14 July 2008

I have a complex relationship with camping. I didn't grow up as a camper, that's for sure. During my childhood an occasional expedition to our back yard was as real as it got. As a teenager and early twen, camping entirely disappeared from my radar screen, and as for all Germans reading this story on camping from a Dutch person, with a big grin on their faces: Whenever you saw a Dutch mobile home or caravan on one of your "Autobahnen". I was surely NOT on board.

Then, one day, I met my husband to be. Things changed a lot from that point onwards.
Suddenly I found myself in log cabins in the Alps, on mountain peaks and mountain bikes (although I managed to limit this last form of exercise). From then on, it was only a small step to sleeping in a tent.

You don't know my husband, but I can tell you: when he says camping, he surely means camping. He'll drag you on 5 day back pack hikes. Carrying tent, sleeping gear, food, drink, stove, toilet paper, band aids, a mag light and a couple of extra undies. Forget the stools, gaslamps, barbecue, foldable breakfast table, summerdress and flip flops. You don't want your back broken.

Like this, over time we did a couple of tours in different parts of the world.
Did I complain now and then? Yes, I did.
Was I scared? Sometimes.
Did I ever say no when he would come up with yet a new idea for the coming holidays? Never. Because I always would come back tired but relaxed, impressed by beautiful views and places, calmed down to a normal pace of living. Full of life itself.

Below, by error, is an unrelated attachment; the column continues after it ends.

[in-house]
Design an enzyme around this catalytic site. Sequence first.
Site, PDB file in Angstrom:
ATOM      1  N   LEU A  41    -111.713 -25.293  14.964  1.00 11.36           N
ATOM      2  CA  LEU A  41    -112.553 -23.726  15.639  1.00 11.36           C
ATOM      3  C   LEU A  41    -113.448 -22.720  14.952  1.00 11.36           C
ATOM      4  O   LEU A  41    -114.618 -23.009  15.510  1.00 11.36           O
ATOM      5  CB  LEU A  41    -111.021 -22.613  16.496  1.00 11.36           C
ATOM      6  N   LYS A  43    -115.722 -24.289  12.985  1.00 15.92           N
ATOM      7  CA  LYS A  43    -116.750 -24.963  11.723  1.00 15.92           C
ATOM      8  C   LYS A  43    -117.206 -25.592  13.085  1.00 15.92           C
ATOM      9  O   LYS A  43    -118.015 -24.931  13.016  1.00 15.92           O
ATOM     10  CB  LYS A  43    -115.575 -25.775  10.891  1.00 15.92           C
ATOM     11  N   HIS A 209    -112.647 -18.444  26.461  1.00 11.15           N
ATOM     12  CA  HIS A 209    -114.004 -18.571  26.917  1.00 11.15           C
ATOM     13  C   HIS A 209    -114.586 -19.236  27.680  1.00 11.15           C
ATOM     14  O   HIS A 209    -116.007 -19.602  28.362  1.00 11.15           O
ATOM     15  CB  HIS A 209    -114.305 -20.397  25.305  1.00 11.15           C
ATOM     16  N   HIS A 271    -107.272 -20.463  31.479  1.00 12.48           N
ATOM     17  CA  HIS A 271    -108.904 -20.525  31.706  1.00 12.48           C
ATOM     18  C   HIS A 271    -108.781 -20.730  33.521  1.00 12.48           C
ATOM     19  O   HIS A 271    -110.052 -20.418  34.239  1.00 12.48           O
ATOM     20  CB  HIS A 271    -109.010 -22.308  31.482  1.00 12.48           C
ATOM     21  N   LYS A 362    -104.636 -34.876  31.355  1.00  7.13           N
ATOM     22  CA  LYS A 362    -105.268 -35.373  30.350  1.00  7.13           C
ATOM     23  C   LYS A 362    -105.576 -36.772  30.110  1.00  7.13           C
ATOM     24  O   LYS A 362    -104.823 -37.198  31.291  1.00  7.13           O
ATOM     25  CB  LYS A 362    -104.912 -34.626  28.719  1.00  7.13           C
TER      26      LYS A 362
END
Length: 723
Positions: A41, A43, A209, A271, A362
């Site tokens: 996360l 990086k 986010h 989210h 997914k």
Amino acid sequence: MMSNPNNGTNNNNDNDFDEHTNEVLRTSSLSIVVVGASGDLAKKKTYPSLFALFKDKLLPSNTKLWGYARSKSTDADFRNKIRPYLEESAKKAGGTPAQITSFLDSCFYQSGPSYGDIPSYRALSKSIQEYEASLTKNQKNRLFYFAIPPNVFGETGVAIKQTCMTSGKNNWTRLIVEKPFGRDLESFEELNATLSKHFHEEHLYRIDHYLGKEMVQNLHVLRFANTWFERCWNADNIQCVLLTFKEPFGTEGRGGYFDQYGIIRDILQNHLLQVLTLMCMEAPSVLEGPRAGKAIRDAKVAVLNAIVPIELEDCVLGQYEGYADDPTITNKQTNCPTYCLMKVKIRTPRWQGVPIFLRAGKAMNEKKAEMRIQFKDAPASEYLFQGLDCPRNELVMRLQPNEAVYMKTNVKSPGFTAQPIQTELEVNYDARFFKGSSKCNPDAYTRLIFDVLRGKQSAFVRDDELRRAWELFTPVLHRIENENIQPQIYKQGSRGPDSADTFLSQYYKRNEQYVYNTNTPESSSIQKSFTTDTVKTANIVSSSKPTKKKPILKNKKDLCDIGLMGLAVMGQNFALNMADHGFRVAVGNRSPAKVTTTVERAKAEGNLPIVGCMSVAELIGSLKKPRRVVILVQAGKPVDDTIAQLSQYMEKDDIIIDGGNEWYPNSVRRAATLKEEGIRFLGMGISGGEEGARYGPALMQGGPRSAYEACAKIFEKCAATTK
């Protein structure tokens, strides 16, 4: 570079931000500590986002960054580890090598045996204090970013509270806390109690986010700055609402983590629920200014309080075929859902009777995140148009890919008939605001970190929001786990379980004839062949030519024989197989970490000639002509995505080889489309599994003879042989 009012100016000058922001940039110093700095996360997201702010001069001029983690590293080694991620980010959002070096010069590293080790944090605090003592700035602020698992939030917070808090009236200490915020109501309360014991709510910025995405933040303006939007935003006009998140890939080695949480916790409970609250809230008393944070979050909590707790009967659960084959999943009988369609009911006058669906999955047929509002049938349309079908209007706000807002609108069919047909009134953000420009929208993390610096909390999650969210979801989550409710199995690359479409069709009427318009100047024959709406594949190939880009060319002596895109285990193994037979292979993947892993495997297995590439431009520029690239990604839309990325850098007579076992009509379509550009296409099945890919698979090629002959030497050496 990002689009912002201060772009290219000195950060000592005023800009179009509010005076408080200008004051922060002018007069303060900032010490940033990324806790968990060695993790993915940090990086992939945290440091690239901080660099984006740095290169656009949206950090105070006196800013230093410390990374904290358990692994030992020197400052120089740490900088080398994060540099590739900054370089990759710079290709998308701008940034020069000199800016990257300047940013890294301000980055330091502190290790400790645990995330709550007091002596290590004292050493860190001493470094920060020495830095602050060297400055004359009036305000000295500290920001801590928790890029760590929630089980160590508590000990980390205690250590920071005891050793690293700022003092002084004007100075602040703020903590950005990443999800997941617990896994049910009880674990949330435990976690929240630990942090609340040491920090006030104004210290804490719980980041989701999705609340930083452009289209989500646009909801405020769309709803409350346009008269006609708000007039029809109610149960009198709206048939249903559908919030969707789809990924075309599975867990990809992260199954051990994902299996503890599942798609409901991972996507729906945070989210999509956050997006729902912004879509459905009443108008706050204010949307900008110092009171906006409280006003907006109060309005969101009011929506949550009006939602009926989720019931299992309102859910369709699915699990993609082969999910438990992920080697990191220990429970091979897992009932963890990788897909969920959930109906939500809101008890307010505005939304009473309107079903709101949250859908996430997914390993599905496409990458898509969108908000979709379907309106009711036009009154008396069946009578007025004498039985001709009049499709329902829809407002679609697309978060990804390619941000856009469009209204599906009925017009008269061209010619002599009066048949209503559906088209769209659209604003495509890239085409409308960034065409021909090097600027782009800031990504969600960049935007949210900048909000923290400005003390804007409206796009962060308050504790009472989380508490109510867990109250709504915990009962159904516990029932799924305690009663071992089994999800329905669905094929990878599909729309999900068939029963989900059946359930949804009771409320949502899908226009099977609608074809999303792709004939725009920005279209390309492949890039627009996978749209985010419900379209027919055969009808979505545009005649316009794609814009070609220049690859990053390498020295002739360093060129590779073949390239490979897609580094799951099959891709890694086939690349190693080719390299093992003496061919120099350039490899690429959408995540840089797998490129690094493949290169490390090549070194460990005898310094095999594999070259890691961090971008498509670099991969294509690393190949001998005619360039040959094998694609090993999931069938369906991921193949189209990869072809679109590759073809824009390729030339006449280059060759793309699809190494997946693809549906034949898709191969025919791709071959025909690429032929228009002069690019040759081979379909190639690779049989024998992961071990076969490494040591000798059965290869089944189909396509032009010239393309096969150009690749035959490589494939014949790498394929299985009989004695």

So now, we went for a weekend with our girls. First time as a family. Of course it poured. All weekend. But the guys kept the fire burning, there was lots of puddle jumping (normally not allowed to this extend), a clear,dry night at the camp fire, each of us with a sleeping child in our arms, the occasional burnt football, frog scare, "I-thought-YOU-packed-the- toothpaste/umbrella/cups" discussion, and a best dressed list (short pants covered by screaming blue superman style rain poncho scored very high).

Fun. Tired. House full of drying camp gear. We'll do this again soon.

1 comment:

Anonymous said...

Just lovely. "Full of life itself..."

I have the exact inverse: I'm a former camper/hiker/puddle jumper married to a very dear man who cannot be farther away than 500 meters from the next espresso machine, Internet access point and concierge...

Keep on camping! NOTHING like waking up in the morning outside...

-Nancy (my Blogger is bogger, too!)